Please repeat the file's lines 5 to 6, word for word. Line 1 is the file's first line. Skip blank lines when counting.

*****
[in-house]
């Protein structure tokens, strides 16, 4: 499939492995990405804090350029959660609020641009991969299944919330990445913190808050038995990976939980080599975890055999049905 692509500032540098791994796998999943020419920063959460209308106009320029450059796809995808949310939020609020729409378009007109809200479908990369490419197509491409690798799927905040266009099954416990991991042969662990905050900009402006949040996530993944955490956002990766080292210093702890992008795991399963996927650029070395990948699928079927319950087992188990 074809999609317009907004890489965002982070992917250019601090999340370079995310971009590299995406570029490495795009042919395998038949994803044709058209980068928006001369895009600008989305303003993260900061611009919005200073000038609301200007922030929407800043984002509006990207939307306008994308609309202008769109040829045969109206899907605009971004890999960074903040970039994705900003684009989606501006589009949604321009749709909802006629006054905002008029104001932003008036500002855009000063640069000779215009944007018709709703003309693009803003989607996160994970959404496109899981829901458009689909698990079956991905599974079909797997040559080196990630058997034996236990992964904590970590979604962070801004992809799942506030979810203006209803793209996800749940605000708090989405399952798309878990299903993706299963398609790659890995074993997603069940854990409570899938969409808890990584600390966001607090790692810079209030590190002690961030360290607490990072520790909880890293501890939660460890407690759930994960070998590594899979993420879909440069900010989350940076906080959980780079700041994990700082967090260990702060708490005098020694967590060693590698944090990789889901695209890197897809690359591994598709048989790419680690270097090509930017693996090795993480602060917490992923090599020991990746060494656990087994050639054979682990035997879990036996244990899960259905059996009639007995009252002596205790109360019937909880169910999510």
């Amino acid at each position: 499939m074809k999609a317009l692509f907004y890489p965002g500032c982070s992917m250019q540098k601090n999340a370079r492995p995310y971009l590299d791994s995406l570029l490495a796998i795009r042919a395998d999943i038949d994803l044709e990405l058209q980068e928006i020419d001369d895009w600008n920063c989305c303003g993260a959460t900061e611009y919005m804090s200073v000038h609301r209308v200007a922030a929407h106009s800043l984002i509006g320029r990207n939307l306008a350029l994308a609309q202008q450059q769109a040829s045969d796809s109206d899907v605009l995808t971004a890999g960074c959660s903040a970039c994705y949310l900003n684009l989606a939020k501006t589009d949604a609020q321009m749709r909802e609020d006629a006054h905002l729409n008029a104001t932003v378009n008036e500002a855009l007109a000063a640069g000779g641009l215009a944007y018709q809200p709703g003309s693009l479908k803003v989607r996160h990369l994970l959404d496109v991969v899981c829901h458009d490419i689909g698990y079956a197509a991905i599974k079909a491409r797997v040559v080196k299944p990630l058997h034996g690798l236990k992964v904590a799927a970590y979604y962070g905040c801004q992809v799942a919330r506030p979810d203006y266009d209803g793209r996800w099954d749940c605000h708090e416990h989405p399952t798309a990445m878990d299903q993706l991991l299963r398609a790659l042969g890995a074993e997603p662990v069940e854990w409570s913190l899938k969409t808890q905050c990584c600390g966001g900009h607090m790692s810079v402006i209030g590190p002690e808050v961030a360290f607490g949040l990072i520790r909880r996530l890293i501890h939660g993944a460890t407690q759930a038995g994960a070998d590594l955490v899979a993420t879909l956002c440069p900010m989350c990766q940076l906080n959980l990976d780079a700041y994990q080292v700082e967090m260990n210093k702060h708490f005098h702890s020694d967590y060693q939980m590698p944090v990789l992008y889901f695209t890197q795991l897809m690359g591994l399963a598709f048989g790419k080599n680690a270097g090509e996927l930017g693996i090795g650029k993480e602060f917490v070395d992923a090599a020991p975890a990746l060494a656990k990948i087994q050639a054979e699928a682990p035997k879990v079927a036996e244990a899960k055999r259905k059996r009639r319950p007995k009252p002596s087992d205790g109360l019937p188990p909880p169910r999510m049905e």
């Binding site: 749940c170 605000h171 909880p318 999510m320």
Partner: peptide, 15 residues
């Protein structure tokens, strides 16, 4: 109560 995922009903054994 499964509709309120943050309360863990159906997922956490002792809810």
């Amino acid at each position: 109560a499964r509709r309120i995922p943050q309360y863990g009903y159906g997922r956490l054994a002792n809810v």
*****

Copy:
Partner: peptide, 15 residues
């Protein structure tokens, strides 16, 4: 109560 995922009903054994 499964509709309120943050309360863990159906997922956490002792809810």